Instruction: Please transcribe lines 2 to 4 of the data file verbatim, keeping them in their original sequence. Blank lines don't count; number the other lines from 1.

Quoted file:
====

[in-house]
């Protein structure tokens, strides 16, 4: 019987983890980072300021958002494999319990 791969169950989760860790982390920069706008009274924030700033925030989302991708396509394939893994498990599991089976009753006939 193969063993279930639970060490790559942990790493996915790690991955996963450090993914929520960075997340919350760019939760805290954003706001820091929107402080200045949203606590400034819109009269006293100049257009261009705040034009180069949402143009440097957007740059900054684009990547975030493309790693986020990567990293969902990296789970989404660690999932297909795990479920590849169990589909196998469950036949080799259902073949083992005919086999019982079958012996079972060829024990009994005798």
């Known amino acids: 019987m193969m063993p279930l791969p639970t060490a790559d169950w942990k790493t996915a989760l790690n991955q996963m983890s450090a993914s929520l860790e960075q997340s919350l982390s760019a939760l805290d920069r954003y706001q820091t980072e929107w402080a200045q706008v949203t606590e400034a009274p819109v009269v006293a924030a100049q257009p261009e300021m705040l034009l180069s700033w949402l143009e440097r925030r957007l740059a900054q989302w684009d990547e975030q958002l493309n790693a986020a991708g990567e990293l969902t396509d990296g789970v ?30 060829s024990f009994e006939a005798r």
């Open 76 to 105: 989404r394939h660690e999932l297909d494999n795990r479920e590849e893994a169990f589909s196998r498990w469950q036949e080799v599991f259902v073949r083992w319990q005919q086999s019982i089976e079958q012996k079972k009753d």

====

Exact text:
């Protein structure tokens, strides 16, 4: 019987983890980072300021958002494999319990 791969169950989760860790982390920069706008009274924030700033925030989302991708396509394939893994498990599991089976009753006939 193969063993279930639970060490790559942990790493996915790690991955996963450090993914929520960075997340919350760019939760805290954003706001820091929107402080200045949203606590400034819109009269006293100049257009261009705040034009180069949402143009440097957007740059900054684009990547975030493309790693986020990567990293969902990296789970989404660690999932297909795990479920590849169990589909196998469950036949080799259902073949083992005919086999019982079958012996079972060829024990009994005798």
């Known amino acids: 019987m193969m063993p279930l791969p639970t060490a790559d169950w942990k790493t996915a989760l790690n991955q996963m983890s450090a993914s929520l860790e960075q997340s919350l982390s760019a939760l805290d920069r954003y706001q820091t980072e929107w402080a200045q706008v949203t606590e400034a009274p819109v009269v006293a924030a100049q257009p261009e300021m705040l034009l180069s700033w949402l143009e440097r925030r957007l740059a900054q989302w684009d990547e975030q958002l493309n790693a986020a991708g990567e990293l969902t396509d990296g789970v ?30 060829s024990f009994e006939a005798r």
């Open 76 to 105: 989404r394939h660690e999932l297909d494999n795990r479920e590849e893994a169990f589909s196998r498990w469950q036949e080799v599991f259902v073949r083992w319990q005919q086999s019982i089976e079958q012996k079972k009753d």